Turbo liquidation a special method (English)

In the Netherlands it is possible to dissolve a Dutch limited liability company with no assets but only liabilities.[1] This method of dissolving a corporation is called turbo liquidation, and it is made possible by the Dutch corporate law. In practice the shareholders make the decision to dissolve the corporation, on advice of the board of directors, and afterwards the board of directors need to submit a form from the Chamber of Commerce. This form will result in the removal of the corporation from the trade register. It is important to note that the board of directors do not have to consult the creditors about dissolving the corporation.[2] Therefore, this is a difficulty for the creditors because the creditors are left behind with their claims on a non-existent corporation without knowing that the corporation is dissolved. In some cases a corporation with assets gets dissolved by turbo liquidation. This is possible because the Chamber of Commerce does not check the corporation’s records. In this case it is unsure if the corporation still exists or is dissolved. In the literature there are three different views about if a corporation still exists or is dissolved after turbo liquidation. In the first view, the authors argue that it is not necessary to “revive” the corporation before suing the corporation.[3] In the second view, the authors argue that it is necessary to “revive” the corporation before suing the corporation[4]. Lastly, in the third view the author has combined both views, because she argues that both views do not lead to the desired result.[5] In the next paragraph there will more background information about the issue and afterwards the three different views will be discussed in more detail. Next there will be discussed why the first view needs to be preferred in all situations for the sake of the creditors, and in the last paragraph there will be a conclusion.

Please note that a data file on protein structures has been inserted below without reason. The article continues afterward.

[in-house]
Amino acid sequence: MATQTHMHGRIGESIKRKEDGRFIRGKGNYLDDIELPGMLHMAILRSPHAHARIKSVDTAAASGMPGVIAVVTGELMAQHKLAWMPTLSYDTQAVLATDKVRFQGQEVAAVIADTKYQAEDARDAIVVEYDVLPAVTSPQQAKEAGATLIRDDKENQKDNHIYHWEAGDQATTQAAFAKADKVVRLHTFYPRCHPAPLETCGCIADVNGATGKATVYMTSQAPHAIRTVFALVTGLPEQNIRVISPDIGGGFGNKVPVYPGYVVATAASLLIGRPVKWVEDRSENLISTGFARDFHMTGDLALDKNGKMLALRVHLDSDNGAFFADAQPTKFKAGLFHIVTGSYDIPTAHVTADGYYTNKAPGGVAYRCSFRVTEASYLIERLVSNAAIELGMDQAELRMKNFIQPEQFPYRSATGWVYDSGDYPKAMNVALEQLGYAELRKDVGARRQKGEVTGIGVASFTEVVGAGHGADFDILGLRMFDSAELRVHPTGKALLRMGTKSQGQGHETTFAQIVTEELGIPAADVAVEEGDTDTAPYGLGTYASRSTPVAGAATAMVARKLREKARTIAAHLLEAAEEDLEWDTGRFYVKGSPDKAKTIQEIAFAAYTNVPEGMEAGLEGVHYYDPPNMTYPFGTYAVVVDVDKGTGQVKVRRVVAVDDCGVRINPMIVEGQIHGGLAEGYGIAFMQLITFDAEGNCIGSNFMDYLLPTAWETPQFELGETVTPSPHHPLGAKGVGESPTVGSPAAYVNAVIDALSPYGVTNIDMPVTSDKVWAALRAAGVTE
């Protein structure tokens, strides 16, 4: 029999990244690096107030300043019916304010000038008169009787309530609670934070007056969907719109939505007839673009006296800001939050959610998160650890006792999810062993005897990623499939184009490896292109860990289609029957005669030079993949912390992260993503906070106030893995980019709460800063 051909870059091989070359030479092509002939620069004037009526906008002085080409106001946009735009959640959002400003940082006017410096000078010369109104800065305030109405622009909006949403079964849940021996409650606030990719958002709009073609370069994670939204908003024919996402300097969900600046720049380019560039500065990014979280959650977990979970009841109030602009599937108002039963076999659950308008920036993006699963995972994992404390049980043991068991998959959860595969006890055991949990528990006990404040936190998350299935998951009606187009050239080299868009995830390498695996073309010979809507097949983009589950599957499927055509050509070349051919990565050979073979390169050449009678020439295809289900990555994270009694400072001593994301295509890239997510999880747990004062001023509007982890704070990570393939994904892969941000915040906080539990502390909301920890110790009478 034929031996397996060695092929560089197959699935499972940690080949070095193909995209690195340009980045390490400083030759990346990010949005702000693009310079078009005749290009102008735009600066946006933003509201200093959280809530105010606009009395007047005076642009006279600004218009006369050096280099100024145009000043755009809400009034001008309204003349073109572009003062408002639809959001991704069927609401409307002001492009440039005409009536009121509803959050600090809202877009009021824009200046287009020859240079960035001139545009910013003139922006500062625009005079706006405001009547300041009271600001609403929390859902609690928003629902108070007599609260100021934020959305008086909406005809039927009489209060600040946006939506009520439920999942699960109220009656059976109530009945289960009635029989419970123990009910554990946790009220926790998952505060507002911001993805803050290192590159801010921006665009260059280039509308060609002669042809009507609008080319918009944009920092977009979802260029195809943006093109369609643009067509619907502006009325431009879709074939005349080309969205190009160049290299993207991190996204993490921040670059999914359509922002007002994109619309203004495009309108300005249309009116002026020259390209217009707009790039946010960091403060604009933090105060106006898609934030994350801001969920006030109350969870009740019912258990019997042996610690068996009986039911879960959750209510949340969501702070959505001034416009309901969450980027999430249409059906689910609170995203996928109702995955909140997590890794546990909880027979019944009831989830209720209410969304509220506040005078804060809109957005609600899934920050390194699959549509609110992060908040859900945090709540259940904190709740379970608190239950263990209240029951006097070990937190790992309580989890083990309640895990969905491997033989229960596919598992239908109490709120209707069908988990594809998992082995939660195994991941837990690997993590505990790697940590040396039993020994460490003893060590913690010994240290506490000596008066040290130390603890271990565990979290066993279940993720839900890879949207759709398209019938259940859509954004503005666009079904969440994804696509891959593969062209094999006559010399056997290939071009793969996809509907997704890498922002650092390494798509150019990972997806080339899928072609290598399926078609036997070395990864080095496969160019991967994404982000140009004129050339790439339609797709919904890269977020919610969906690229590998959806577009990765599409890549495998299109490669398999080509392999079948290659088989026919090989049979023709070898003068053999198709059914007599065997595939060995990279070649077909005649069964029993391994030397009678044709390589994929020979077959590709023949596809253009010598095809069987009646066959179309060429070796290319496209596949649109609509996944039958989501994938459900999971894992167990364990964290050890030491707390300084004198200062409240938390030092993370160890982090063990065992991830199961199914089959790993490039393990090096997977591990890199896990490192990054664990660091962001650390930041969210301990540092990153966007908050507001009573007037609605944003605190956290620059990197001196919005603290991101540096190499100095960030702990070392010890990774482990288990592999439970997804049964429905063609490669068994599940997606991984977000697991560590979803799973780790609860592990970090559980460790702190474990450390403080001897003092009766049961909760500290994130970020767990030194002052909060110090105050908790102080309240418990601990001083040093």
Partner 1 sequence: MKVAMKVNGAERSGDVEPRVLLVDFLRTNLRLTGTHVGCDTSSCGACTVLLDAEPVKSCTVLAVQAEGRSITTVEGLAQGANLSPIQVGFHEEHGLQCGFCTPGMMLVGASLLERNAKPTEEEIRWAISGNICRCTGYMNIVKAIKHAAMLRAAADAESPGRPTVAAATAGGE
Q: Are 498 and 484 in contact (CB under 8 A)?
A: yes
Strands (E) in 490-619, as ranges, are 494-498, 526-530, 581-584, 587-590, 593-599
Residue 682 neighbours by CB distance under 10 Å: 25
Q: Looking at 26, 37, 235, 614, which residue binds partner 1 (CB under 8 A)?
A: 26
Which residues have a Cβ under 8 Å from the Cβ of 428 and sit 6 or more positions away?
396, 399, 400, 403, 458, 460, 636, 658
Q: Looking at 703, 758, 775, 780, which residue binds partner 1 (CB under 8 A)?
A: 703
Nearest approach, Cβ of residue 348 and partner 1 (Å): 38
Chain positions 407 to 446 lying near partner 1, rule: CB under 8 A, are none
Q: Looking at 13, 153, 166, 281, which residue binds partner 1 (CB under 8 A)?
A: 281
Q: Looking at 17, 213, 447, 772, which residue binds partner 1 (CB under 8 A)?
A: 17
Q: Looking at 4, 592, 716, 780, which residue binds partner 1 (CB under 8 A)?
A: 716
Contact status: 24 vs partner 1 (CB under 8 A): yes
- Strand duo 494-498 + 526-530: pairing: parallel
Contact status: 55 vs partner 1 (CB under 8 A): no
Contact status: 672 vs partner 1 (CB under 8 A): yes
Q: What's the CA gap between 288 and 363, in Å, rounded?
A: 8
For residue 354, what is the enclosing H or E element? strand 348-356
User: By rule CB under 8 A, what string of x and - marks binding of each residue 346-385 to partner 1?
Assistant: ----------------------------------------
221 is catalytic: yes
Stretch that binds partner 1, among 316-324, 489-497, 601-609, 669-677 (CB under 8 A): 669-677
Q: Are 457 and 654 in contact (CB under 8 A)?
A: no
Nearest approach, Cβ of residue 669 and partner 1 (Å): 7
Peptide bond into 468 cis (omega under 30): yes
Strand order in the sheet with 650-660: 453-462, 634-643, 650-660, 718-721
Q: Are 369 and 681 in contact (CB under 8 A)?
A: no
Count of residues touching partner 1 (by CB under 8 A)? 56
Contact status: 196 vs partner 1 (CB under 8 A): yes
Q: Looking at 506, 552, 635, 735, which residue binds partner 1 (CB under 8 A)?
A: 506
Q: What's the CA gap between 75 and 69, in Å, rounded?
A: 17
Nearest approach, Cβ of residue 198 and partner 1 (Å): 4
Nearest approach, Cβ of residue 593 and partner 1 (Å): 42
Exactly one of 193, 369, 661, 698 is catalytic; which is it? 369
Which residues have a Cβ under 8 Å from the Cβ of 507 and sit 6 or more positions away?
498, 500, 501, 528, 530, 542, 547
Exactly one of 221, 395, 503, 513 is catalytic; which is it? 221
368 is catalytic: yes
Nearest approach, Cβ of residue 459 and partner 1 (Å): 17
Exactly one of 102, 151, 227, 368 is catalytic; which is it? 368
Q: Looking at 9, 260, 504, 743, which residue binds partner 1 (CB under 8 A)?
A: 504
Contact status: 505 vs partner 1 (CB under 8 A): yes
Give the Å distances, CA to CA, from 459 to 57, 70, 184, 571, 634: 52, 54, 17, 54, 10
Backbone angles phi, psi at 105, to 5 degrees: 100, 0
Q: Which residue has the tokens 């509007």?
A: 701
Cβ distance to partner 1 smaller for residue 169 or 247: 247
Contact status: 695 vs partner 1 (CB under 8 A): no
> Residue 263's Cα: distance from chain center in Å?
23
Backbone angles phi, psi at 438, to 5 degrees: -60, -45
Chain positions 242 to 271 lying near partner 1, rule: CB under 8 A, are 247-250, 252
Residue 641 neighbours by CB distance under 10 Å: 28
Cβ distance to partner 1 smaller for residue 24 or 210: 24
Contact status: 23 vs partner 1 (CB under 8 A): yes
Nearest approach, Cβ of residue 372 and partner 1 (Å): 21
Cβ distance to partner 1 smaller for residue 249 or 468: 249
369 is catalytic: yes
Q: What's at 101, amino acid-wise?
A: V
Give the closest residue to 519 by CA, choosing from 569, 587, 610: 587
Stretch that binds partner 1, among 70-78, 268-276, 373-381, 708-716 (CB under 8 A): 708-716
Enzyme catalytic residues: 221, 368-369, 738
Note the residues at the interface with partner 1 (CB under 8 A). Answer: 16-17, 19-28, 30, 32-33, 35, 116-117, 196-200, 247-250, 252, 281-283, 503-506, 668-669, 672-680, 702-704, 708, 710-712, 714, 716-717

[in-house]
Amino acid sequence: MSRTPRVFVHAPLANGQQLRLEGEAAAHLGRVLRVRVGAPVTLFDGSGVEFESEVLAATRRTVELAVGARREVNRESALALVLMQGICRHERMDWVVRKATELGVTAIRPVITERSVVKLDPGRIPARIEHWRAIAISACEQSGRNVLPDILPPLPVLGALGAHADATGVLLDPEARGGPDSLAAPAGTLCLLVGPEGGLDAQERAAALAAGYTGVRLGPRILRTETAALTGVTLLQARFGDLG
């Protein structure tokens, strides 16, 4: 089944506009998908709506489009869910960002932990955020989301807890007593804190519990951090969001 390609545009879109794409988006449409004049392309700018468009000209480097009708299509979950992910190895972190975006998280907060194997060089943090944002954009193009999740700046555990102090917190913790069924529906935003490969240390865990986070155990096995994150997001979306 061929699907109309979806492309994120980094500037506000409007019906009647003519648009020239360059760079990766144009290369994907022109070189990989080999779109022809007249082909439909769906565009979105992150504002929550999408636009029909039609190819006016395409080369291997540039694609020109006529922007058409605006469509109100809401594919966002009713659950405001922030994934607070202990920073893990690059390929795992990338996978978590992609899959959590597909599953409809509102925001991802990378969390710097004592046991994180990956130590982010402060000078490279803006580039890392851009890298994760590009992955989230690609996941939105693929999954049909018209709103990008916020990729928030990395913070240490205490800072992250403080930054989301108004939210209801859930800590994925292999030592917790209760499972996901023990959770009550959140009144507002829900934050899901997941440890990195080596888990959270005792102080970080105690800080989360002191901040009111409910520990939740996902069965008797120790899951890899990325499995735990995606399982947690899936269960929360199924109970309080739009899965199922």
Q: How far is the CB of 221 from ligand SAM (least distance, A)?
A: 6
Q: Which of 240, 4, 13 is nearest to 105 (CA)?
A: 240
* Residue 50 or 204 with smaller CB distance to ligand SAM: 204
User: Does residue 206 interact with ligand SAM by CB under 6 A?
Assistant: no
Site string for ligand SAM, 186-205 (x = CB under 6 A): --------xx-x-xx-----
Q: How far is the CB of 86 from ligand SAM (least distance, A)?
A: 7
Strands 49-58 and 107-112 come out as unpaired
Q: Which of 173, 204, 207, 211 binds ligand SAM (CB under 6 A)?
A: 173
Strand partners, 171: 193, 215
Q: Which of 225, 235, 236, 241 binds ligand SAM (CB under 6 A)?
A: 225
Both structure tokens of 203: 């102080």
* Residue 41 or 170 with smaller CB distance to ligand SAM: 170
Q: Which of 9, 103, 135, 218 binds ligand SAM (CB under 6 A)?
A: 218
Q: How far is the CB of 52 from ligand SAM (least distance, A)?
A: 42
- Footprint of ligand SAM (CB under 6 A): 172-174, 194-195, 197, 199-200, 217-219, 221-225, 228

Background information